To produce these works, Richter distributes contrasting shades of enamel paint on a flat surface, leaving them to freely flow before sandwiching the paint under a sheet of glass. ‘I move the paint around. If it looks good and feels right I place the glass over it’, he stated in relation to this seemingly childish process. ‘The difference is that a child never knows when to stop’, he asserted. In using glass, the image is flattened and made abstract, remote and inaccessible. The materiality and tactility of paint is negated by the cold and smooth presence of the glass panels.
Glass captures colour in its rawness and brightness, in transient compositions that attempt to maintain the purity and brilliance of paint, capturing the power of colour itself. In some areas of these works, pigments appear smooth and fresh as if they were newly spilled. In others, they display ripples and creases, showing where paint was drier when the glass sheet was applied, manifesting a sense of time in an otherwise transcendental work.
As with most of Richter’s oeuvre, these works combine traditional pictorial elements and highly conceptual meanings. Exploring and celebrating what paint can do, alternatively rendering reality and imagining alternative visions, Richter continues to innovate in his painterly practice with combinations of materials, technologies and ideas.
Throughout his career, Gerhard Richter has expanded the possibilities of image making by combining old and new media. Key elements of these experimentations have been his ‘Overpainted Photographs’, which he initiated in the mid‐1980s. Unlike his photo paintings of the ‘60s, these works maintain the status of their photographs with the artist’s input limited to the application of paint. The technical perfection of photographic reproduction meets the abstract yet material quality of Richter’s practice.
Most of the photographs that constitute the base of these works are taken by Richter himself, who then covers them with paint without the use of brushes and with only a sparing use of palette knives. Richter’s aim was to allow paint to flow freely, quickly creating spots and blobs. As with many of the artist’s works, the ‘Overpainted Photographs’ were produced rapidly, allowing the elements of chance, spontaneity and immediacy to become the real subject of the figuration. Richter merely pushed and pulled the paint across the surfaces, at times lifting the corners to create creases. The simplicity of gestural motions contrasts with the powerful emotional impact of the resulting images.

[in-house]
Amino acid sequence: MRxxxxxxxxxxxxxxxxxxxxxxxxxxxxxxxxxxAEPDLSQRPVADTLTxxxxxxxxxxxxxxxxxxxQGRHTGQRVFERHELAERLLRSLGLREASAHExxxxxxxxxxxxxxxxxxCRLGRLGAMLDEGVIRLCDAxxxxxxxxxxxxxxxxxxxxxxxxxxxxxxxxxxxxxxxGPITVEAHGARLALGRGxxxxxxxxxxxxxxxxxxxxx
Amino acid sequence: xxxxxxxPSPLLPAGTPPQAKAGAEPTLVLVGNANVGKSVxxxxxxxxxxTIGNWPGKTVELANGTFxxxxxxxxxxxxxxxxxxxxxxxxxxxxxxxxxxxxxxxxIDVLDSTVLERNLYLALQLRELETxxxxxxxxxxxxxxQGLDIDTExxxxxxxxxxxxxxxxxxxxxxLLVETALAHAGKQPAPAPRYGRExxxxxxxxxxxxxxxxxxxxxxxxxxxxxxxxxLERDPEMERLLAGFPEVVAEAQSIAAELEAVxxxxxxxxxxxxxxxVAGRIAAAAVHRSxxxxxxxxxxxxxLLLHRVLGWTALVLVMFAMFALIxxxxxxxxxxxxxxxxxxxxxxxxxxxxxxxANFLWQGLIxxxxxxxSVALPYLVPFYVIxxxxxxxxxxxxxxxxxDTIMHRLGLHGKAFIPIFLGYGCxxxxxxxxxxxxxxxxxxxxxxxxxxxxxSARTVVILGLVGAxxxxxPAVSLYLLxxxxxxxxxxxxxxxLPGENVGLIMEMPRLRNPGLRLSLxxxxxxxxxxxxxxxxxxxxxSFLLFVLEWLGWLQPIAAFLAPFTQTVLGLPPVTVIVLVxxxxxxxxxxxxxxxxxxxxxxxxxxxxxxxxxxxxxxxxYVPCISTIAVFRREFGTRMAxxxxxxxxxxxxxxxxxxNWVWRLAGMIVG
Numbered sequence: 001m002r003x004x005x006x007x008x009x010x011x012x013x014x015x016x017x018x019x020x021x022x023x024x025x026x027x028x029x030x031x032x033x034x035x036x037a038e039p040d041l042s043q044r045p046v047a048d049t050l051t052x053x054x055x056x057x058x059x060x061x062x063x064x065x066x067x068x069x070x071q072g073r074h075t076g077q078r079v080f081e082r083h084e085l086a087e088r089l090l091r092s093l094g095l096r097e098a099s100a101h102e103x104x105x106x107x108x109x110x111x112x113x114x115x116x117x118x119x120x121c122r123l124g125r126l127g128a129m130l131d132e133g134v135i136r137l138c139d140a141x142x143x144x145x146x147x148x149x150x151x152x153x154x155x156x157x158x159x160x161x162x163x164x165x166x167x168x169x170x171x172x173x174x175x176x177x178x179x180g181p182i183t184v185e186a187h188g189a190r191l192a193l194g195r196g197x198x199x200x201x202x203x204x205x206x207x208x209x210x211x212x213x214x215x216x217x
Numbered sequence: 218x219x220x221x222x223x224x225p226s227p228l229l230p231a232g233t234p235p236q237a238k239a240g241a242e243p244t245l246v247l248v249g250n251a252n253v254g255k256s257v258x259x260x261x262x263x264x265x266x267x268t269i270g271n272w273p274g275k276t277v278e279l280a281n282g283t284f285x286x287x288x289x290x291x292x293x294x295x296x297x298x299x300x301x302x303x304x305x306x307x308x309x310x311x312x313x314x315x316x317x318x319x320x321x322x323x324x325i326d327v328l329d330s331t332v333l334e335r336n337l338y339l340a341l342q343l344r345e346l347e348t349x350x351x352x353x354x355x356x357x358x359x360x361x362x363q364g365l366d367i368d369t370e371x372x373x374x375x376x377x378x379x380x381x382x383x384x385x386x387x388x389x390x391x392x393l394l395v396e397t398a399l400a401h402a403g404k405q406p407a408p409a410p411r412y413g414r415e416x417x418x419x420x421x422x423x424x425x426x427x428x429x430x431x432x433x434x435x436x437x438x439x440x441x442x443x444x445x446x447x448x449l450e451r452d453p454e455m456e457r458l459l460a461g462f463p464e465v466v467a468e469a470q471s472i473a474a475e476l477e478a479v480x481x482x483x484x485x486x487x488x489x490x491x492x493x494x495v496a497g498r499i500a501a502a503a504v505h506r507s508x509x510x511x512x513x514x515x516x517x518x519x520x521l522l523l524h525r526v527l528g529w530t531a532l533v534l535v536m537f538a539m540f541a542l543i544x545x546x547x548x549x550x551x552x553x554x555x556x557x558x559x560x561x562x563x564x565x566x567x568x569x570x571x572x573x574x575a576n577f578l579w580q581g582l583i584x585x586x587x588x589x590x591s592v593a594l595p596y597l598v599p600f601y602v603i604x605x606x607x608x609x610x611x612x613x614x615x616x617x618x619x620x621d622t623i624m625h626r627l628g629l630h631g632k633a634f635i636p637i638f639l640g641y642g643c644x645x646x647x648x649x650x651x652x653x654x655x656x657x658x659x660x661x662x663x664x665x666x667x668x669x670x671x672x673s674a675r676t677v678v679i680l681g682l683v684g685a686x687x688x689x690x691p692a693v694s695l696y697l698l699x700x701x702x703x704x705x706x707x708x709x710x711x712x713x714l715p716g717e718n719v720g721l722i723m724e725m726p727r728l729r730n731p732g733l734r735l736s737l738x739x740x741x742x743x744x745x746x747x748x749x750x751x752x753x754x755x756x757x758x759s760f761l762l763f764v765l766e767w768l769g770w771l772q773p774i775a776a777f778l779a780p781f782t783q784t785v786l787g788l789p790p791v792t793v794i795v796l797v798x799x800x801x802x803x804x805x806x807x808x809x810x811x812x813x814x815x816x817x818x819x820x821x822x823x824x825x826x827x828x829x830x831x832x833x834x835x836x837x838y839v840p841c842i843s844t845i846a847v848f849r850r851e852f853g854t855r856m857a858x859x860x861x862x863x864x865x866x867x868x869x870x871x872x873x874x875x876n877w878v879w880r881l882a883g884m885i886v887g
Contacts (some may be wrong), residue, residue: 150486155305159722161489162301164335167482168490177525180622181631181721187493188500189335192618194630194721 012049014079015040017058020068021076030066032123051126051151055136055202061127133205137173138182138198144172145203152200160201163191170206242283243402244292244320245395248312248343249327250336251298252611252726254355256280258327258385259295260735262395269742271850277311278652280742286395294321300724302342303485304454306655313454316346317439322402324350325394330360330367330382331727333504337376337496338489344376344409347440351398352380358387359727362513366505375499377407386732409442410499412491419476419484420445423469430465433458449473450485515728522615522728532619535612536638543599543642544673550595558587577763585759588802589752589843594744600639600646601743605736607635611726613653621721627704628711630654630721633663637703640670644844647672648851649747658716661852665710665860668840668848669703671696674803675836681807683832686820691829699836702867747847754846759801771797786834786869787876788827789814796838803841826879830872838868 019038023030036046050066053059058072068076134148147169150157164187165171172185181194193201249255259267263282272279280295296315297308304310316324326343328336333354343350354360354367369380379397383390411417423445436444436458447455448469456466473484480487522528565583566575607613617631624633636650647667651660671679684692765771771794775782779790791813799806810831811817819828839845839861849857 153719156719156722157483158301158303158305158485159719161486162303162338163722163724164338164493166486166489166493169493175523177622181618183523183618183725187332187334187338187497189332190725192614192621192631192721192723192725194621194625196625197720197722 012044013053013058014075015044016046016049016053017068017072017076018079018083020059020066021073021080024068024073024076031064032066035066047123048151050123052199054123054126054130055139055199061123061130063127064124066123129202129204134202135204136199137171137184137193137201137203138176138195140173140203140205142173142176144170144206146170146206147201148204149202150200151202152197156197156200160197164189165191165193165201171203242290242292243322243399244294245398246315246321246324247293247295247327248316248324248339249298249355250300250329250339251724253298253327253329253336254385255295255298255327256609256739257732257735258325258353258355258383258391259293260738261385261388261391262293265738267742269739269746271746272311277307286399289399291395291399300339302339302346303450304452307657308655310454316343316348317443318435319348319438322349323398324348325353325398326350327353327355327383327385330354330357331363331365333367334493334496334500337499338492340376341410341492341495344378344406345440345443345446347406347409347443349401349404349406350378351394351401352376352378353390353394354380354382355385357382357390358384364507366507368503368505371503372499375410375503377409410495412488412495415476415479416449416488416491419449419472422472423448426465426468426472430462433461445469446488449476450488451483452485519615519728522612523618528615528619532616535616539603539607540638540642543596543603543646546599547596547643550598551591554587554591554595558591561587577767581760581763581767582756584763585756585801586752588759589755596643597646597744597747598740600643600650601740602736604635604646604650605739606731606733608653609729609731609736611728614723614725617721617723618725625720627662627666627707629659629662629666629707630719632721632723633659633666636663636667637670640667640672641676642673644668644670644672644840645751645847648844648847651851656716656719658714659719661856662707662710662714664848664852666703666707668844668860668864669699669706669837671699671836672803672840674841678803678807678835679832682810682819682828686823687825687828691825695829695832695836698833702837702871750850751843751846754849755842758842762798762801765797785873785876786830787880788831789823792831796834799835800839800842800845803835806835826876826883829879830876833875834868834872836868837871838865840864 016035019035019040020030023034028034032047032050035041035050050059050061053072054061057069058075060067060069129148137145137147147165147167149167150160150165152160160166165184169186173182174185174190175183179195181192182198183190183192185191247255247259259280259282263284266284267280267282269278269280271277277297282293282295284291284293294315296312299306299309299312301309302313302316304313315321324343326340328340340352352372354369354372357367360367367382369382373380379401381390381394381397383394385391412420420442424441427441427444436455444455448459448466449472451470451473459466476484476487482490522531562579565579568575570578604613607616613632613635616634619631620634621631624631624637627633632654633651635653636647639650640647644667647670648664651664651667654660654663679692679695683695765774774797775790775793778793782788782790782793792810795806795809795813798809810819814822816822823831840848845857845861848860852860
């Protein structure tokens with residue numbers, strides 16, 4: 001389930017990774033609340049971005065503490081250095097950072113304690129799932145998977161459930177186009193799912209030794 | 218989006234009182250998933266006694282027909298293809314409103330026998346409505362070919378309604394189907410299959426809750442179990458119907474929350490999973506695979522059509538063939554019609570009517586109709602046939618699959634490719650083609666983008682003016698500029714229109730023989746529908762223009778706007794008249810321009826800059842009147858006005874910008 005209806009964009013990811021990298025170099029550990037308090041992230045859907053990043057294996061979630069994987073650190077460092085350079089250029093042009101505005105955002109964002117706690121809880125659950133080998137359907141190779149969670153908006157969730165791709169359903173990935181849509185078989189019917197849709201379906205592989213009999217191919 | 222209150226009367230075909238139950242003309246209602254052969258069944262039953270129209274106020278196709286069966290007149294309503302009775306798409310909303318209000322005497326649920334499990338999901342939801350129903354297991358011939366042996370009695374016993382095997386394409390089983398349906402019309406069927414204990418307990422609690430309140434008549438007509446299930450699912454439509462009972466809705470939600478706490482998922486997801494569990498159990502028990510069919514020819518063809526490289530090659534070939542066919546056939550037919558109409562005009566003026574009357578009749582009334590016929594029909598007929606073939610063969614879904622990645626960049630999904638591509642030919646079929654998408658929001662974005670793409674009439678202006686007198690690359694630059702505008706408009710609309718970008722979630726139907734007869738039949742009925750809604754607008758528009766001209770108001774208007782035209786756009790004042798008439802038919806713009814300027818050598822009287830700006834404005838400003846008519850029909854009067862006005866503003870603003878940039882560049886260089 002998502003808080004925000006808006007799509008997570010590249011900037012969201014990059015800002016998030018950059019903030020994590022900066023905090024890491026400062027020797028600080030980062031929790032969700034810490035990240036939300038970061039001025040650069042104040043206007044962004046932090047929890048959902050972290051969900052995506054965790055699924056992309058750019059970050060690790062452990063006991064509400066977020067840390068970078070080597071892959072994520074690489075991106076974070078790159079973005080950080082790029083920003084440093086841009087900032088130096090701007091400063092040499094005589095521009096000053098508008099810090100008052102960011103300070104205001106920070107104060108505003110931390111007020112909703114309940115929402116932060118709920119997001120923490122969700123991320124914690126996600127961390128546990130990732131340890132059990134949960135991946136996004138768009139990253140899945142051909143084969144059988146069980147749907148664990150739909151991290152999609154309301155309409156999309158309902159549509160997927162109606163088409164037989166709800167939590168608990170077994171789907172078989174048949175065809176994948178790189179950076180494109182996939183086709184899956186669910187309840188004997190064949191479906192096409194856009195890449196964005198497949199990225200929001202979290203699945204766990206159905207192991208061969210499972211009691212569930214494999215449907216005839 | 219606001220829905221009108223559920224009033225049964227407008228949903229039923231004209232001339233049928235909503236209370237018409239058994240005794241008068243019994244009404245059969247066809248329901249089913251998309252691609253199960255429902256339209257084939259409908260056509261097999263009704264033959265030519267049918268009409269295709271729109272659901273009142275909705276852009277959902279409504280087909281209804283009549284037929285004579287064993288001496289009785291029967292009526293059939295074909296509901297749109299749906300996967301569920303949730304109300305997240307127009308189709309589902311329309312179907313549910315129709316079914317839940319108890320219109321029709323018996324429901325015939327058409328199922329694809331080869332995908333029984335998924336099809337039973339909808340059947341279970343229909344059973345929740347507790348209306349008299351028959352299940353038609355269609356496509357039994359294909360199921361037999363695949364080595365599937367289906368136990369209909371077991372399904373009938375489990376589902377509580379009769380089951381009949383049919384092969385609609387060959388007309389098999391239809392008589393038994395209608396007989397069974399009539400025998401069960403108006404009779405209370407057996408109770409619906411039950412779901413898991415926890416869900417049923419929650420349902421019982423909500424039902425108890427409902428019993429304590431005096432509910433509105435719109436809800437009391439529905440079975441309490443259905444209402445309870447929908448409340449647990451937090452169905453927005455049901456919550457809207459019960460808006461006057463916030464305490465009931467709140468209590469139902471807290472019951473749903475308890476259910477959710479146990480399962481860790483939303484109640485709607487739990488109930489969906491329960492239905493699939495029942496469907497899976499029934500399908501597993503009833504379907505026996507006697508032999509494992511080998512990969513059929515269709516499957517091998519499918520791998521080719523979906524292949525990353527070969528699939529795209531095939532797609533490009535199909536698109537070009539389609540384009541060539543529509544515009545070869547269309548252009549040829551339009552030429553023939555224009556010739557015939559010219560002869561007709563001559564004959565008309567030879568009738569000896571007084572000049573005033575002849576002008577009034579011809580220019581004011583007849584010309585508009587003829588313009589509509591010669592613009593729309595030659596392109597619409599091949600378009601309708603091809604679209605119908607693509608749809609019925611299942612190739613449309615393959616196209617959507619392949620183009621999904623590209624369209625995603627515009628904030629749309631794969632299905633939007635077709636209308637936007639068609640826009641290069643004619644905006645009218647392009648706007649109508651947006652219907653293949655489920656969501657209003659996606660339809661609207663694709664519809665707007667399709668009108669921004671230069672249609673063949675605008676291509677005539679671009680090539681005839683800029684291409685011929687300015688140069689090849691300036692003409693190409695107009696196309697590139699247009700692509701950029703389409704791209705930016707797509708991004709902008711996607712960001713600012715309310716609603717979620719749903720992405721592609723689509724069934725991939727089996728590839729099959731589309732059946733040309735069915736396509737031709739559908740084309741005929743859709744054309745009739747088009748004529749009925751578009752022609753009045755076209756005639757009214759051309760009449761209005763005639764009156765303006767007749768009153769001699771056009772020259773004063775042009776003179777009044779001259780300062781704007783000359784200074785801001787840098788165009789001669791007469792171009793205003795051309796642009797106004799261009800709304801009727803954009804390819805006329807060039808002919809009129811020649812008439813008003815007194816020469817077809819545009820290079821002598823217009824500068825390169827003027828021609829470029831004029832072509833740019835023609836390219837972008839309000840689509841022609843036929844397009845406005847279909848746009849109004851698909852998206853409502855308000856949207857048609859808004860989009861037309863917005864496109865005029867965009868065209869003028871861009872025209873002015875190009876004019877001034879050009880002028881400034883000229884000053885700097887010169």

These unique, hybrid works startle viewers with their procedural contradictions. Immediately one’s attention is drawn to the brightly coloured bands of paint, and only at a later point to the underlying photograph that they conceal. Potential narratives are covered by the rich, swirly textures of paint, creating an enigmatic sense of secrecy. The sense of confusion is heightened by the colour palettes, either complementary or contrasting.
With this series, Richter has brought his continued interest for innovative combinations of painting and photography to new directions. These compelling works merge beauty and mystery, taking viewers on a journey into the artistic potentials of technique and technology.
ANNUNCIATION AFTER TITIAN
Gerhard Richter was first acquainted with Titians ‘Annunciation’ (1540) in 1972, when he exhibited his series ‘48 Portraits’ at the Venice Biennale. Titian’s painting, held at the Scuola Grande di San Rocco, so fascinated the painter that he bought a postcard of the masterpiece and began making copies once back in his studio in Germany. When asked about his choice of subject for this series, Richter has acknowledged the fetishistic quality of his attraction for the painting: ‘I wanted to trace him as precisely as possible,’ he stated, ‘maybe because I wanted to own such a beautiful Titian’.
Richter produced five works in this series. In the first, he remained mostly faithful to the original, softly blurring the edges of the bodies of the archangel Gabriel and the Virgin Mary. In 2014, he chose this painting for the limited series produced by HENI Editions. In the subsequent versions the delicate blur becomes a colourful, confused cloud which completely obscures the figuration. It is only through the paintings’ titles and contexts that viewers are able to connect them to Titian’s original.
In this series Richter was not attempting to copy the ‘Annunciation’ but rather dissect and purify Titian’s artistic quality. In the five versions he made of the ‘Annunciation’, Richter sought a transcendental element that could bind painterly techniques and religious discourses of the past with modern reality.
While Richter answers his own inquiry of artistic accomplishment with abstraction, there is a yearning for a romanticised simplicity of past painterly lives: ‘The topic of the ‘Annunciation’ fascinated me. I just imagined it wonderful to be announced something’.